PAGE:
Engagement of adolescents in gambling is alarmingly high in Georgia, UNICEF report finds
The findings of the research on knowledge, attitude and practice of gambling among adolescents were presented to a wider public
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Tbilisi, Georgia, 25 February 2022 – More than one in ten adolescents say they practice gambling with different frequencies, more than a quarter of them are active gamblers and gamble for money a few days a week or more often. The age at which teens start to engage in gambling is young – 22 per cent of surveyed teens say the first gambling experience took place when they were 11 years old or younger and the majority – 78 per cent - started gambling at the age of 12 or older. One in five teens in the study who gambled reported being in a depressed mood because of gambling, and 2 per cent experienced self-harm.
The study conducted by UNICEF, in partnership with the Gambling Research and Ludomania Prevention Center, surveyed one thousand adolescents aged 14-17 years all over the country to study their knowledge, attitudes and gambling practices. The specific objectives of the research were determining the experience of adolescents in gambling for money, to study their gambling-related behavior, identify adolescents’ motivators and attitudes towards gambling and ludomania.
“Addiction to gambling among adults is a growing problem around the world, including in Georgia”, - Dr. Ghassan Khalil, UNICEF Representative in Georgia.
“The prevention of gambling is the most effective when initiated before development of gambling habits among adolescents. This could be achieved by awareness raising of the risks and consequences of at-risk gambling of the adolescents themselves, school-based education activities, informal education of adolescents, public health policy introduction and implementation”, Khalil added.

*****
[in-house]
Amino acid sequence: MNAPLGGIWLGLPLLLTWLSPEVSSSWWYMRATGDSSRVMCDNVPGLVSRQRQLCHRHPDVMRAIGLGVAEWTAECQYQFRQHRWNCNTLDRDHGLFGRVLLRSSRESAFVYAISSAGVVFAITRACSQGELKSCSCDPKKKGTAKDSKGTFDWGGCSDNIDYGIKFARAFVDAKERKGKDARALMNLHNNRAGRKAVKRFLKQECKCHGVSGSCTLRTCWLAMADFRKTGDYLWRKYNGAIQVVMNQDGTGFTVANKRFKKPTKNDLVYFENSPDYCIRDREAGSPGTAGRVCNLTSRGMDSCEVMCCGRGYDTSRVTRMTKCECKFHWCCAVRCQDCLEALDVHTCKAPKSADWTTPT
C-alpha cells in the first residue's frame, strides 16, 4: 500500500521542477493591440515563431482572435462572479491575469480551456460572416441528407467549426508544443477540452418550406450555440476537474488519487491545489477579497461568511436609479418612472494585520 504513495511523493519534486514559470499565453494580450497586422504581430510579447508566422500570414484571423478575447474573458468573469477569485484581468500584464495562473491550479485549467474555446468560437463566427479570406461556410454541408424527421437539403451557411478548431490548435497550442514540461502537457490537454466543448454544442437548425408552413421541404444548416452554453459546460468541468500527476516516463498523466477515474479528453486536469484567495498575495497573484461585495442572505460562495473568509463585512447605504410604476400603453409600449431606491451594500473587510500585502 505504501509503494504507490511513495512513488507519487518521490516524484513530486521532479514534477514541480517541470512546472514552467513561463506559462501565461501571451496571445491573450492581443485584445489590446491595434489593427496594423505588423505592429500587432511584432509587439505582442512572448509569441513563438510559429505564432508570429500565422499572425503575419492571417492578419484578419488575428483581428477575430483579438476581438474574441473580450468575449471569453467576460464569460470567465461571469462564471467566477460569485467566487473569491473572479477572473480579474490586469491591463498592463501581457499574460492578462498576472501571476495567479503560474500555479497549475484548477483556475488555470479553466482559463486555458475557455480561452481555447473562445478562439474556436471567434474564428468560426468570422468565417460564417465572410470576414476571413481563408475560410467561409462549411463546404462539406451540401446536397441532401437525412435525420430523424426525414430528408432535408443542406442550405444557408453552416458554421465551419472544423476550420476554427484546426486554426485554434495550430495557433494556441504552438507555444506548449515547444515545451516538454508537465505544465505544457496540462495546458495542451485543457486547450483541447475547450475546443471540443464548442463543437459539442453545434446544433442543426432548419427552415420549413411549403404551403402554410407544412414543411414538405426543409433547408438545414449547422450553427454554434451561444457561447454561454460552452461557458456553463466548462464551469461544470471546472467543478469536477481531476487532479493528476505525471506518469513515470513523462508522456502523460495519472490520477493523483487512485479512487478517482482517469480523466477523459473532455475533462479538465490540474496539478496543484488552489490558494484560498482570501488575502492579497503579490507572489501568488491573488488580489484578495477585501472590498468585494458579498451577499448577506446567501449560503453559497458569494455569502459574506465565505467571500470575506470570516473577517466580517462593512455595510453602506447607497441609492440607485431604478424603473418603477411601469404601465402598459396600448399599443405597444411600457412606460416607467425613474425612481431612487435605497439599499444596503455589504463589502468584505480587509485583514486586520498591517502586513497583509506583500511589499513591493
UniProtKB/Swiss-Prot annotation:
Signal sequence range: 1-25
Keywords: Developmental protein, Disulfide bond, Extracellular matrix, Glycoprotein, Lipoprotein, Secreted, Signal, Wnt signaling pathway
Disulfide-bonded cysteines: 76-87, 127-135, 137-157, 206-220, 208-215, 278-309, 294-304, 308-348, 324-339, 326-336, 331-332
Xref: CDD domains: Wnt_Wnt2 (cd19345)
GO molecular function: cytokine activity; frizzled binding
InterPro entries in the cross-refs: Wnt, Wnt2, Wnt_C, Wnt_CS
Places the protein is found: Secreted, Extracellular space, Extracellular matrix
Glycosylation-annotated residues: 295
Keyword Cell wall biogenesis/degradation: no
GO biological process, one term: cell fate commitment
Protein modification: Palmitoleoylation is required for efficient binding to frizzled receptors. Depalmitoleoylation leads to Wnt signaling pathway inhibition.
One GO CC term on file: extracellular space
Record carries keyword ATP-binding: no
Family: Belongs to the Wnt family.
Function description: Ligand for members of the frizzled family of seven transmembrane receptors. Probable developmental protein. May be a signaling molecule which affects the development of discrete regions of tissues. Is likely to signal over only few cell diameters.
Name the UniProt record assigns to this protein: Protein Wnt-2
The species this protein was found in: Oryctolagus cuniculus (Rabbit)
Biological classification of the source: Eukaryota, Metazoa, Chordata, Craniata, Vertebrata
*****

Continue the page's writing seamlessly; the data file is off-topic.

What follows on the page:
The study revealed that adolescents are easily influenced by environment. They rarely start gambling for money by themselves, usually they gamble first with friends/peers (51 per cent) or a family member (32 per cent). 24 per cent of survey participants gamble because their friends are gambling, while 16 per cent believe that gambling is a prestigious activity.
The main motivation for most adolescents to gamble for the first time, as well as to continue being engaged, is the desire to earn money and spend their free time. Other motivators for starting to gamble are boredom and the perception that gambling is popular.
Although minors are not allowed to enter the casino or register on online platforms, 24 per cent of the surveyed adolescents who gambled reported their first gambling to be at a casino, a slot club or a casino website.
The study found that the level of awareness of adolescents about the risks associated with gambling and gambling addiction is low. The majority of adolescents who gamble do not talk to their parents about gambling and its risks. One third of adolescents report that if they become addicted to gambling, they would not turn to anyone for help but try to solve the problem alone.
For gambling prevention among adolescents, in addition to educating young people about the negative impact of gambling, it is also crucial to increase knowledge of the parents, teachers, communities and health workers in early identification of multiple signs of problematic gambling behavior and in effective responding.
Psychological support for adolescents involved in gambling should also be provided. Establishment of the helplines for adolescents who require immediate help will be an effective support service for young people with gambling disorders.
UNICEF promotes the rights and wellbeing of every child, in everything we do. Together with our partners, we work in 190 countries and territories to translate that commitment into practical action, focusing special effort on reaching the most vulnerable and excluded children, to the benefit of all children, everywhere.
For more information about UNICEF and its work for children, visit www.unicef.org/georgia/